Given the above procedures for computing , , , , , and , one can now define a procedure for computing . This procedure takes a model M along with an event-logic expression and computes a set of normalized spanning intervals that represents the set I of intervals for which is true. The model M is a set of atomic event-occurrence formulae of the form , where is a ground primitive event-logic expression and is a normalized spanning interval. A model entry indicates that the primitive event occurred during all intervals in the extension of .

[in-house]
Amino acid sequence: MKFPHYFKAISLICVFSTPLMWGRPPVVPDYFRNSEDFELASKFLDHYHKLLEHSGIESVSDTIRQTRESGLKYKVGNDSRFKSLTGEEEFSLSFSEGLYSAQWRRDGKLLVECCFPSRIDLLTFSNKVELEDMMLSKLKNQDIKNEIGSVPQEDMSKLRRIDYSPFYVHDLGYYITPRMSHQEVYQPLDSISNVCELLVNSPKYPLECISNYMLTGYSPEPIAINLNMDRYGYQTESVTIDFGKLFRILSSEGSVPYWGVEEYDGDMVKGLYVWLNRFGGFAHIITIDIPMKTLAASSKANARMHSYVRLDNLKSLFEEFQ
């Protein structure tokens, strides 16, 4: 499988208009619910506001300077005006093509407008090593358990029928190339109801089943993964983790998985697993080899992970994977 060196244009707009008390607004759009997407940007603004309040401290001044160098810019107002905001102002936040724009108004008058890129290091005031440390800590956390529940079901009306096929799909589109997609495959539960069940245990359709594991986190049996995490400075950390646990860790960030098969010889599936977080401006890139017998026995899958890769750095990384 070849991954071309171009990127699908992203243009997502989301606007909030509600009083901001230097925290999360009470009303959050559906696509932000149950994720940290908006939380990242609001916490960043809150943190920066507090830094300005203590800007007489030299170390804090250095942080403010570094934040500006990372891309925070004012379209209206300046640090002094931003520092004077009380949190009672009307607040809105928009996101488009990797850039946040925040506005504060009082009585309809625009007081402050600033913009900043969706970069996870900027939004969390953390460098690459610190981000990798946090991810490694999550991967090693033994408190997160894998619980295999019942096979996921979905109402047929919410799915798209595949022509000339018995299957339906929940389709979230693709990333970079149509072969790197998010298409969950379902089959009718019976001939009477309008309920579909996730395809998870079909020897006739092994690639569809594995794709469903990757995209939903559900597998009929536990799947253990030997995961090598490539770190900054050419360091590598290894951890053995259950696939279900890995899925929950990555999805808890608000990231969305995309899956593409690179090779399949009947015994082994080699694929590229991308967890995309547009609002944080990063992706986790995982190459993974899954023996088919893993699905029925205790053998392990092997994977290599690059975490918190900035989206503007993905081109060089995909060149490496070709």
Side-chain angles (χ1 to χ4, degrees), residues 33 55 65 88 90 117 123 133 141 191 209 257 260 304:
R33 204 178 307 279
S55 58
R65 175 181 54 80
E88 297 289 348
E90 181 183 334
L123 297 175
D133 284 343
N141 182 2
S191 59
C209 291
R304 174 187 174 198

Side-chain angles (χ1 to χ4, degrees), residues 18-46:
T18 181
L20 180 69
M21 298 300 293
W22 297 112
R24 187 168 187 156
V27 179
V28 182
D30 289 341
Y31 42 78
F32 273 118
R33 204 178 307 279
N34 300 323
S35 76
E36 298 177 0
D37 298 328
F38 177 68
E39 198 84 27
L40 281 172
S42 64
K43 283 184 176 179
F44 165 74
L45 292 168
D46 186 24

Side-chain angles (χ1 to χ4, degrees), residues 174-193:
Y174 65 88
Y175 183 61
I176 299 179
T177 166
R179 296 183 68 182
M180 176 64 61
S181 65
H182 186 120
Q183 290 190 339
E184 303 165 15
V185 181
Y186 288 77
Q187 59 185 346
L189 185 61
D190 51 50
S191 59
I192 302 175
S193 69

The procedure performs structural induction on . It computes a set of normalized spanning intervals to the represent the occurrence of each atomic event-logic expression in and recursively combines the sets so computed for each child subexpression to yield the sets for each parent subexpression. An important property of this inference procedure is that for any finite model M, , the set I of intervals for which is true, can be represented by a finite set of normalized spanning intervals. Nominally, the number of normalized spanning intervals in can be exponential in the subexpression depth of because each step in the structural induction can introduce a constant factor growth in the size of the set. However, in practice, such exponential growth does not occur. Computing for all of the event types given in Figure 10 for all of the movies that have been tried so far have yielded sets of fewer than a dozen normalized spanning intervals.